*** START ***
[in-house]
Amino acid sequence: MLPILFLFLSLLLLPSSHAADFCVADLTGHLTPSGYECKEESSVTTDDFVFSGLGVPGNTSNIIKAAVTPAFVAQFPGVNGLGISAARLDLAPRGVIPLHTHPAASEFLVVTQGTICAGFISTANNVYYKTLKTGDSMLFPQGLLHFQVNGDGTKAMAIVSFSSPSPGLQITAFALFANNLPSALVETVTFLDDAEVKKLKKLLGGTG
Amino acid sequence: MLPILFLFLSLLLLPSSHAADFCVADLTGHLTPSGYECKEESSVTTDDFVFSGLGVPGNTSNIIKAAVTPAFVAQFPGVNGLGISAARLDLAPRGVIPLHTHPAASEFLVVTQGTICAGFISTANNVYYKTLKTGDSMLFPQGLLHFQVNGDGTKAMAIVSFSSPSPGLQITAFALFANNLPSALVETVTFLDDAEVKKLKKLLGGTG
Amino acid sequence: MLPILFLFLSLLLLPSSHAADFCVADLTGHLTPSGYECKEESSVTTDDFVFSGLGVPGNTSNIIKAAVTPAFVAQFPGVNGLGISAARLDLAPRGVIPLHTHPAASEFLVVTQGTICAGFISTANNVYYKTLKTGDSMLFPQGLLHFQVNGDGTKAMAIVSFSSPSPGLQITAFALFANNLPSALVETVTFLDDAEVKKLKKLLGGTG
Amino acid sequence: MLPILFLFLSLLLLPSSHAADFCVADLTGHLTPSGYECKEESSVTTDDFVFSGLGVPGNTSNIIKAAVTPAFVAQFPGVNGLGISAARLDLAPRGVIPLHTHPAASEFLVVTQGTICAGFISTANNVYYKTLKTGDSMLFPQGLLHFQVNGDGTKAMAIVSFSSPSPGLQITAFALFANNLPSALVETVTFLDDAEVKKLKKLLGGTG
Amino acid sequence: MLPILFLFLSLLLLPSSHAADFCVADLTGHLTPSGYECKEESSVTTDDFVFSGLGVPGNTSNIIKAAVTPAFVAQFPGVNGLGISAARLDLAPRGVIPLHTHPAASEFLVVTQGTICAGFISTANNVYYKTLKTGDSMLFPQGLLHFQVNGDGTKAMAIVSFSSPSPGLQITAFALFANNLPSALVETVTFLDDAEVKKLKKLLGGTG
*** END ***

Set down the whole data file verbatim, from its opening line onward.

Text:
[in-house]
Amino acid sequence: MLPILFLFLSLLLLPSSHAADFCVADLTGHLTPSGYECKEESSVTTDDFVFSGLGVPGNTSNIIKAAVTPAFVAQFPGVNGLGISAARLDLAPRGVIPLHTHPAASEFLVVTQGTICAGFISTANNVYYKTLKTGDSMLFPQGLLHFQVNGDGTKAMAIVSFSSPSPGLQITAFALFANNLPSALVETVTFLDDAEVKKLKKLLGGTG
Amino acid sequence: MLPILFLFLSLLLLPSSHAADFCVADLTGHLTPSGYECKEESSVTTDDFVFSGLGVPGNTSNIIKAAVTPAFVAQFPGVNGLGISAARLDLAPRGVIPLHTHPAASEFLVVTQGTICAGFISTANNVYYKTLKTGDSMLFPQGLLHFQVNGDGTKAMAIVSFSSPSPGLQITAFALFANNLPSALVETVTFLDDAEVKKLKKLLGGTG
Amino acid sequence: MLPILFLFLSLLLLPSSHAADFCVADLTGHLTPSGYECKEESSVTTDDFVFSGLGVPGNTSNIIKAAVTPAFVAQFPGVNGLGISAARLDLAPRGVIPLHTHPAASEFLVVTQGTICAGFISTANNVYYKTLKTGDSMLFPQGLLHFQVNGDGTKAMAIVSFSSPSPGLQITAFALFANNLPSALVETVTFLDDAEVKKLKKLLGGTG
Amino acid sequence: MLPILFLFLSLLLLPSSHAADFCVADLTGHLTPSGYECKEESSVTTDDFVFSGLGVPGNTSNIIKAAVTPAFVAQFPGVNGLGISAARLDLAPRGVIPLHTHPAASEFLVVTQGTICAGFISTANNVYYKTLKTGDSMLFPQGLLHFQVNGDGTKAMAIVSFSSPSPGLQITAFALFANNLPSALVETVTFLDDAEVKKLKKLLGGTG
Amino acid sequence: MLPILFLFLSLLLLPSSHAADFCVADLTGHLTPSGYECKEESSVTTDDFVFSGLGVPGNTSNIIKAAVTPAFVAQFPGVNGLGISAARLDLAPRGVIPLHTHPAASEFLVVTQGTICAGFISTANNVYYKTLKTGDSMLFPQGLLHFQVNGDGTKAMAIVSFSSPSPGLQITAFALFANNLPSALVETVTFLDDAEVKKLKKLLGGTG